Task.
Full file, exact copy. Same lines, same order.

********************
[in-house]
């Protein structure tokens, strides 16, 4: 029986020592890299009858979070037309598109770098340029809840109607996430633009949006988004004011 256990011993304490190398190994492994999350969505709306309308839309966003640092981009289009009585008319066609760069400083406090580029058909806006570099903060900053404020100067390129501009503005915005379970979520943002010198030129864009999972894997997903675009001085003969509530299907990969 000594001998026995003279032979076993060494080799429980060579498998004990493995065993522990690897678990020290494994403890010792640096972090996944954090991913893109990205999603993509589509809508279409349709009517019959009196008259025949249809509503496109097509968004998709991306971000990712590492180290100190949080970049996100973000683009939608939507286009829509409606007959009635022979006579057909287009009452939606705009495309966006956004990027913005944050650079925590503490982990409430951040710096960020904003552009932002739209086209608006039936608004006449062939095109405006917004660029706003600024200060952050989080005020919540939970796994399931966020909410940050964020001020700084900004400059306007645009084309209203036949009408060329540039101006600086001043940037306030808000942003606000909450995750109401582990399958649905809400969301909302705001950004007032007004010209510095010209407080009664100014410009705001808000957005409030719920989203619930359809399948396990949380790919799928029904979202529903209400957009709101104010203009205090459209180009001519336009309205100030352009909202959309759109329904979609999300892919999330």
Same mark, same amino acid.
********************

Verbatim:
[in-house]
């Protein structure tokens, strides 16, 4: 029986020592890299009858979070037309598109770098340029809840109607996430633009949006988004004011 256990011993304490190398190994492994999350969505709306309308839309966003640092981009289009009585008319066609760069400083406090580029058909806006570099903060900053404020100067390129501009503005915005379970979520943002010198030129864009999972894997997903675009001085003969509530299907990969 000594001998026995003279032979076993060494080799429980060579498998004990493995065993522990690897678990020290494994403890010792640096972090996944954090991913893109990205999603993509589509809508279409349709009517019959009196008259025949249809509503496109097509968004998709991306971000990712590492180290100190949080970049996100973000683009939608939507286009829509409606007959009635022979006579057909287009009452939606705009495309966006956004990027913005944050650079925590503490982990409430951040710096960020904003552009932002739209086209608006039936608004006449062939095109405006917004660029706003600024200060952050989080005020919540939970796994399931966020909410940050964020001020700084900004400059306007645009084309209203036949009408060329540039101006600086001043940037306030808000942003606000909450995750109401582990399958649905809400969301909302705001950004007032007004010209510095010209407080009664100014410009705001808000957005409030719920989203619930359809399948396990949380790919799928029904979202529903209400957009709101104010203009205090459209180009001519336009309205100030352009909202959309759109329904979609999300892919999330």
Same mark, same amino acid.